Sunday, 12 September 2010
One, two, three, eleven.
You may or may not be familiar with the works of The Swiss. If you are, then the video above will - hopefully - bring a nostalgic smile to your deranged features. The tippy-toed dance of Don't Meditate In Such a Way was the band's hallmark. They would labour for hours over some of the most intense, uncompromising and mildly irritating music that could be created, unleash it on an unsuspecting public and, coup de grace delivered, would stand back and gauge the punters' reaction.
"I like the funny dance you do in that funny song", was far and away the most common comment on our work.
We (for it was a band comprising Stewart Ford, Nigel Savage, Gareth Hamer and me) didn't mind though. The band was envisaged as an antidote to the shoe gazing, self-important and largely humourless music scene we'd all had more than our fair share of. We were serious about our music but had problems taking ourselves seriously. You've got to enjoy yourself haven't you?
The Swiss, alas, are no more. Or are they? You can never tell with The Swiss; often no gigs happen for years at a stretch, and then, for reasons that are unknowable, suddenly a couple will come along at once. However, Stew Ford, the main song writing force of the band is so utterly and unstoppably prolific that it is not long before more of his musical world leaks out into the open. He has recently released a record of his own songs entitled Silence Is Golden. It is a brilliantly intricate work that is very different from the apocalyptic sound of The Swiss; guitars are bell-like rather than guttural, rhythms dance rather than stampede. You can recognise the Stewness though: guitar and bass parts woven together that, if untwined, would make no sense on their own, time signatures that are so devilishly complicated it's best not to think about them too hard.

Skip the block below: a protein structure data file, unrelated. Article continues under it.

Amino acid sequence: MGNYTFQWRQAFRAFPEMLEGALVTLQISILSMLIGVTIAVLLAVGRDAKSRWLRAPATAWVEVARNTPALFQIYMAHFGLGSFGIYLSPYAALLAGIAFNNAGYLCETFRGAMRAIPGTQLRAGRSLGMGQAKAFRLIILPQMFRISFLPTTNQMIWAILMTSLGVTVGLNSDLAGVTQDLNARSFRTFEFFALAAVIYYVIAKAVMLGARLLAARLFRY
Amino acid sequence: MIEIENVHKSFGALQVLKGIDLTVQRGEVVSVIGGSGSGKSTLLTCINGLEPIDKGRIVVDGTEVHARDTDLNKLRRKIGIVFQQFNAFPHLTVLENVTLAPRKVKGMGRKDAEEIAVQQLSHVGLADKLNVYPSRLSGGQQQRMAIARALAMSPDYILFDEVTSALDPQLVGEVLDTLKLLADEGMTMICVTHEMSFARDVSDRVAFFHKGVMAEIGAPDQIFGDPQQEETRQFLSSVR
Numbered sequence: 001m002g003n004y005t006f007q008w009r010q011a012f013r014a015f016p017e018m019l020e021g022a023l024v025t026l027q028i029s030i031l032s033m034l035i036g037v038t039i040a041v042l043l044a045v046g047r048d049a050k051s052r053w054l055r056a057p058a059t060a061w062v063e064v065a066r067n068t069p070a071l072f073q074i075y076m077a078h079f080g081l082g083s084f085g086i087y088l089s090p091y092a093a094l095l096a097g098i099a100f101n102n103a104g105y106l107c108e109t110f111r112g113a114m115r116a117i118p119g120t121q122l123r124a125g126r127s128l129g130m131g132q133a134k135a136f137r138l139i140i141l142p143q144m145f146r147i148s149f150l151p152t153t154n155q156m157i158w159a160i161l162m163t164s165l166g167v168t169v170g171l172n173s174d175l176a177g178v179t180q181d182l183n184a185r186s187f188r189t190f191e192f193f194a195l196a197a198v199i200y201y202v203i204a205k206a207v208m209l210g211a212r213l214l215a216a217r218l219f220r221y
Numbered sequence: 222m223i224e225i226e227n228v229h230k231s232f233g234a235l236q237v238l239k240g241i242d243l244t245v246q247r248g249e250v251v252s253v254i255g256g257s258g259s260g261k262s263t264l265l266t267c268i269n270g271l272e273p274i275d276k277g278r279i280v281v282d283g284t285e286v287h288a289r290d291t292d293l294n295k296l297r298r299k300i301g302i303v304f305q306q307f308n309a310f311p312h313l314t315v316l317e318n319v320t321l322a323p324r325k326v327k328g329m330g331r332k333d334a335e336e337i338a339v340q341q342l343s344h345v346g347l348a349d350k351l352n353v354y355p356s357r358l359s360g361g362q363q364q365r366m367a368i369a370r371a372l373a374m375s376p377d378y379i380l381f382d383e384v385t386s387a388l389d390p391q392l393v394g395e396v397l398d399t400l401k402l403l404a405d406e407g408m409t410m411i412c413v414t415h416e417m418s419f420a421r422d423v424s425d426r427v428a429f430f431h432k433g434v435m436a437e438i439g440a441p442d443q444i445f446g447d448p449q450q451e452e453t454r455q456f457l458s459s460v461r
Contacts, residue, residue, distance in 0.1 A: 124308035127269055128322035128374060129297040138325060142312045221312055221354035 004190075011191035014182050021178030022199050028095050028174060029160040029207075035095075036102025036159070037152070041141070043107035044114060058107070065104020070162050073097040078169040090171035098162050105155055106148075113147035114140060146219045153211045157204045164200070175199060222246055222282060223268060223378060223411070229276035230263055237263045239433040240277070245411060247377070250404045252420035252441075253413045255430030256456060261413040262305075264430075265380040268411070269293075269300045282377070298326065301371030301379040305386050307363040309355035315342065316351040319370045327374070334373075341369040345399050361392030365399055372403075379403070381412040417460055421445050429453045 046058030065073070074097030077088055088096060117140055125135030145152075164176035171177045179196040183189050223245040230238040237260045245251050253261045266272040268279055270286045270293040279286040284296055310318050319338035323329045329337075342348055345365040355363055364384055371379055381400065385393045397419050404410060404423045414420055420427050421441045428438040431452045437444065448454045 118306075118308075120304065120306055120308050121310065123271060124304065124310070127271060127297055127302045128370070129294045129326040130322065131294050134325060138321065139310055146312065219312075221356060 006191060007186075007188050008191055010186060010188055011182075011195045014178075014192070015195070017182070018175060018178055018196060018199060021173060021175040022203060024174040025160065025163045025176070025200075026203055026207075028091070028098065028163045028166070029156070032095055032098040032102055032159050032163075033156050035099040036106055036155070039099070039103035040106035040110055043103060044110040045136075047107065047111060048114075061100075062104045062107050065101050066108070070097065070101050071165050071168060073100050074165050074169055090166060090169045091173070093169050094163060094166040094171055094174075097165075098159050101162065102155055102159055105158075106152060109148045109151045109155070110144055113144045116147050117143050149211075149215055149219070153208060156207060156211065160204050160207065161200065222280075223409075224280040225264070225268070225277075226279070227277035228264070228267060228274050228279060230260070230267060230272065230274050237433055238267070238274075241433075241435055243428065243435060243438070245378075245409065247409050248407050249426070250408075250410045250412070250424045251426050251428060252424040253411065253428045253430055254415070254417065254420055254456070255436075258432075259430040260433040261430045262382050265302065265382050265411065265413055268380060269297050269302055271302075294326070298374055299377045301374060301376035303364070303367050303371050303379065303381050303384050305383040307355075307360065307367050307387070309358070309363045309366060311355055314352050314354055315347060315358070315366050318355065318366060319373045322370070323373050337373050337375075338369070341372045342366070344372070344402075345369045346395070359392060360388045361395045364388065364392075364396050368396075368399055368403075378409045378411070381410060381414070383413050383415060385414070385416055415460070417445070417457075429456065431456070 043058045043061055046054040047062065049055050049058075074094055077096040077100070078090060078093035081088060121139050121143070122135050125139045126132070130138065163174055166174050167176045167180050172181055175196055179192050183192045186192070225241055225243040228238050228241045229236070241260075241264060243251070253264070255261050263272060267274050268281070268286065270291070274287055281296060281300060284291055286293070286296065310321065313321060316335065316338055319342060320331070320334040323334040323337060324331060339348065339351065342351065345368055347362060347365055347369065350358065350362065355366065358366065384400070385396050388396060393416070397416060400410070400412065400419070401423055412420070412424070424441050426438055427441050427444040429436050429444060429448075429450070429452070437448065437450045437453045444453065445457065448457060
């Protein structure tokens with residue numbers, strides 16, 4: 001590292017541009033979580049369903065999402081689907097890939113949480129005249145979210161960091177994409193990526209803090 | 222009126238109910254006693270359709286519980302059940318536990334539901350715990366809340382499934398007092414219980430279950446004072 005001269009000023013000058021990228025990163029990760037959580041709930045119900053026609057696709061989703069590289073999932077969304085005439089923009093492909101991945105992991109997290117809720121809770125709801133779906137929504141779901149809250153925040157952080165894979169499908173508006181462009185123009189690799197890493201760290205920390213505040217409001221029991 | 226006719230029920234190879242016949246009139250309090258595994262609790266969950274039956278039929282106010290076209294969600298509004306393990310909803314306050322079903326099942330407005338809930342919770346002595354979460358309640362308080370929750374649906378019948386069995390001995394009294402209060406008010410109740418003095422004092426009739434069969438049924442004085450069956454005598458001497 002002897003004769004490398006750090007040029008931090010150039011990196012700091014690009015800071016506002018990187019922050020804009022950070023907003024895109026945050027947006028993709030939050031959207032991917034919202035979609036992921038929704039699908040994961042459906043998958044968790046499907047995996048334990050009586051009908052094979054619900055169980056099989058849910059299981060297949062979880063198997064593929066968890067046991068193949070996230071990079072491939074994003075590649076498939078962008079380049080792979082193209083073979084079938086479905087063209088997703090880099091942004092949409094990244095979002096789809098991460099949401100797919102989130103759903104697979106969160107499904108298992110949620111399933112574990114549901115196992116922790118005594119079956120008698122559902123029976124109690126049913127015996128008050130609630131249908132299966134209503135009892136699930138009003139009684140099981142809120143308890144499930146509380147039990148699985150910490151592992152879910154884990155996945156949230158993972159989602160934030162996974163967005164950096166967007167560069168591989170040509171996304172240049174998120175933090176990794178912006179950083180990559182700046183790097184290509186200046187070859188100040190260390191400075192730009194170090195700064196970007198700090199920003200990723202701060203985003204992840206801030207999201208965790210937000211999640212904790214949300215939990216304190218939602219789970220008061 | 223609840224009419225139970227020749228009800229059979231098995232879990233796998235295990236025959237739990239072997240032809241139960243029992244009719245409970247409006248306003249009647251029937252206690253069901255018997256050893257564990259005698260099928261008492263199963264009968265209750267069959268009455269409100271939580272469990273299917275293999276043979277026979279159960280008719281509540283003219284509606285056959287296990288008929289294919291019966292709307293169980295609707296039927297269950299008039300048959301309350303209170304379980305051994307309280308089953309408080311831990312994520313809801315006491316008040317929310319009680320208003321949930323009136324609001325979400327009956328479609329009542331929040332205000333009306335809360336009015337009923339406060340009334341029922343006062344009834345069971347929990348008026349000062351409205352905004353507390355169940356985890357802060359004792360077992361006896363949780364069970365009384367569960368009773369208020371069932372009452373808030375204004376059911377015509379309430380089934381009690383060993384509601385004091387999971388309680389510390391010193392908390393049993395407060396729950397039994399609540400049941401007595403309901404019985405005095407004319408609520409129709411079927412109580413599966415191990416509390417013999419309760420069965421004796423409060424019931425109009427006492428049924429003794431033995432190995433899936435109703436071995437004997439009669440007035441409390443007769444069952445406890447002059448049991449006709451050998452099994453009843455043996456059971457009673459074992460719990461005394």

Though think about them I must. Stew is playing some of the songs off Silence Is Golden, and despite his immense, multi-instrumental talents, needs people to play the bits he hasn't got enough hands for. So he asked some old Swissmen and Robin Mitchell - a trusted friend of the band and massively talented musician in his own right - to help him out. This means that I've been doing a lot of counting to eleven recently...
Tightrope.mp3 by Stewart Ford
...and trying to replicate the mid-range growl of a Ford bassline. Not easy, I can tell you. But refreshing to play music that challenges and makes me think.
The gig is at St. Paul's church, Coronation Road in Bedminster on Saturday 18th September. I think it starts at 6.30pm. Do come and help me count to eleven.
And, following the ancient Swiss custom when departing, I leave you with this: